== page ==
The VFW has particular concern that a handful of pivotal initiatives will not receive adequate funding to meet the challenge under the President’s proposal. The VA construction budget for Fiscal Year 2012 stands at $1.27 billion – nearly $480 million below last year’s levels, and less than half of what we recommend as part of the Independent Budget. The proposed budget would actually reduce prosthetic and medical research by $70 million dollars. Information Technology would receive a slightly higher amount by about $14 million, but only after being flat-lined last year. We are recommending an increase of approximately $156 million to ensure the changes we all hope VA can achieve through technology can be met. These programs are too important to our veterans and too strategic for the future of VA to be relegated to second or third-tier priorities, and we strongly urge you to take an impartial look at the unfinished business and future plans of these and other programs to provide a more appropriate level of funding.
The reforms that began less than two decades ago have long since shown what innovation, technology, creativity, professionalism and modern medicine can do for veterans. Yet the VA of today remains a contradiction. It provides world-class health care to millions of veterans, but the Veterans Benefits Administration – which is the key to all things VA – has not evolved for the better.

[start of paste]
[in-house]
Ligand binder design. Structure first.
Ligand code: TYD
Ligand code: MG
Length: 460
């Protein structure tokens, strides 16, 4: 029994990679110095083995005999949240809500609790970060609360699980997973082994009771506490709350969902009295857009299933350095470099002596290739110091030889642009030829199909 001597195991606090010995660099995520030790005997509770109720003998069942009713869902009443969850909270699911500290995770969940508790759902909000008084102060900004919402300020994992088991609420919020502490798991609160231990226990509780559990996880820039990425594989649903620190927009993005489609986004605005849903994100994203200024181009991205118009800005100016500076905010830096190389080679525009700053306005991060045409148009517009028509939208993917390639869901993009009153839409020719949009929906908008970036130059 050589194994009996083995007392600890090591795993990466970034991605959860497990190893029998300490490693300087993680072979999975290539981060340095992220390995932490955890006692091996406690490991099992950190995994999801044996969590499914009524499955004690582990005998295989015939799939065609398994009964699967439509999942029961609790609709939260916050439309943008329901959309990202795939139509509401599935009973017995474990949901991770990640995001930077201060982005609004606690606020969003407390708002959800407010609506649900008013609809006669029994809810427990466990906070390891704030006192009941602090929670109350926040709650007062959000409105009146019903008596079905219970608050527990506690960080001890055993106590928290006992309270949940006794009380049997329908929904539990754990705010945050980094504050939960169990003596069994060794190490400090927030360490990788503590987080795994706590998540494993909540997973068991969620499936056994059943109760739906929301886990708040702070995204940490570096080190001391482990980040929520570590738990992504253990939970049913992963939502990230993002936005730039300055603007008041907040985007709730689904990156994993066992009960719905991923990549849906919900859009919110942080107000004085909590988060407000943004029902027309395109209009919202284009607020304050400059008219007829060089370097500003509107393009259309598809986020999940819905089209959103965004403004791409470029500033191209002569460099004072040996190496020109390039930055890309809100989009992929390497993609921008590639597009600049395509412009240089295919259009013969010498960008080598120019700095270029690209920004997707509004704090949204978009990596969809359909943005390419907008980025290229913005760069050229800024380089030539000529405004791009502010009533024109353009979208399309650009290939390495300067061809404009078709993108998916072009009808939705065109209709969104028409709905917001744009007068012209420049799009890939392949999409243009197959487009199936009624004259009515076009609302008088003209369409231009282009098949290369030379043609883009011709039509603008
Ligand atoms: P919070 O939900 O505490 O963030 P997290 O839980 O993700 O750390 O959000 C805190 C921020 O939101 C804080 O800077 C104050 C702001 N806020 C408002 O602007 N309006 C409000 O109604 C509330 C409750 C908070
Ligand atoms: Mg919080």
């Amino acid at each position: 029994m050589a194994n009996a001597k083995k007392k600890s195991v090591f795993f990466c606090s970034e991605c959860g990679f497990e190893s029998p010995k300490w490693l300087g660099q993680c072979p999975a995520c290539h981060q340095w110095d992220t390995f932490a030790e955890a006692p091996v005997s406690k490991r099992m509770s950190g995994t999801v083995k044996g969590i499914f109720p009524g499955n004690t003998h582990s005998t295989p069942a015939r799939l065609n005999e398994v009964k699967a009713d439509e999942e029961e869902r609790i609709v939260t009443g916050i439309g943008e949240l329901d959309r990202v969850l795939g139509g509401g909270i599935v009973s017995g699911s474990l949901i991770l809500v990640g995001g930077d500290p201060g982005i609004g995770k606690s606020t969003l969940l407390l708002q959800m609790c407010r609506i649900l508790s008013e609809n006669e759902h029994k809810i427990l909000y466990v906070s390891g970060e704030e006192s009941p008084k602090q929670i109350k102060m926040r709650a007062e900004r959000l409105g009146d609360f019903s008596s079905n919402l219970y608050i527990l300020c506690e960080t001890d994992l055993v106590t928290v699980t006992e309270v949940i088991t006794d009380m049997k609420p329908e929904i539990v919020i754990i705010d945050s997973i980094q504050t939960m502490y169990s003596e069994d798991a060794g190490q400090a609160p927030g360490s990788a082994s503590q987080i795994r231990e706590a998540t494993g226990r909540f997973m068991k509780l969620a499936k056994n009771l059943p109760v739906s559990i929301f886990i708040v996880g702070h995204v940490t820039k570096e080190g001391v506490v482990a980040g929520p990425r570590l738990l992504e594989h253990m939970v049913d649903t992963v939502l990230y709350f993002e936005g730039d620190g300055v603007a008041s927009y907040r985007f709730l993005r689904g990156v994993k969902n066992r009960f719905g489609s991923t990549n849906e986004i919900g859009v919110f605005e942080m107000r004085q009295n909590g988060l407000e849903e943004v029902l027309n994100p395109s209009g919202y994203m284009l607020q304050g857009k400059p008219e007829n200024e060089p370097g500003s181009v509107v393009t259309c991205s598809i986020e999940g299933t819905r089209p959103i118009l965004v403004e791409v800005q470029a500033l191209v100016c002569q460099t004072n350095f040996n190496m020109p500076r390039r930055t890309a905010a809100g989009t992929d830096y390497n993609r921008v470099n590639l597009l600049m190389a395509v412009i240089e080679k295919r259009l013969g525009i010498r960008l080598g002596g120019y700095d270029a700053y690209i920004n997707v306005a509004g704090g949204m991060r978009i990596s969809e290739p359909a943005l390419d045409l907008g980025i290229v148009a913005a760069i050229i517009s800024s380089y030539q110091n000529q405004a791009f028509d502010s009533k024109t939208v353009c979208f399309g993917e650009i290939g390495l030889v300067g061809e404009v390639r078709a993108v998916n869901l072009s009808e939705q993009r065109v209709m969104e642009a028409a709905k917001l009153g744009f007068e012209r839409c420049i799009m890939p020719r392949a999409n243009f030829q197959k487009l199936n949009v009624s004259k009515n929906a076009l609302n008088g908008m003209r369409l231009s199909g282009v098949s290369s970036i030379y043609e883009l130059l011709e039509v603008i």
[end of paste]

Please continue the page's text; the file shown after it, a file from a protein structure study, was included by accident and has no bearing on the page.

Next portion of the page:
As with any large medical system, some problems exist— sometimes serious problems. The Veterans Health Administration’s goal must continue to be to ensure quality care. When problems develop, VA must ensure that the causes are identified and remediated quickly and completely, and they must hold responsible persons accountable. VA must also notify veterans immediately and provide them with their treatment options in instances of negligent care.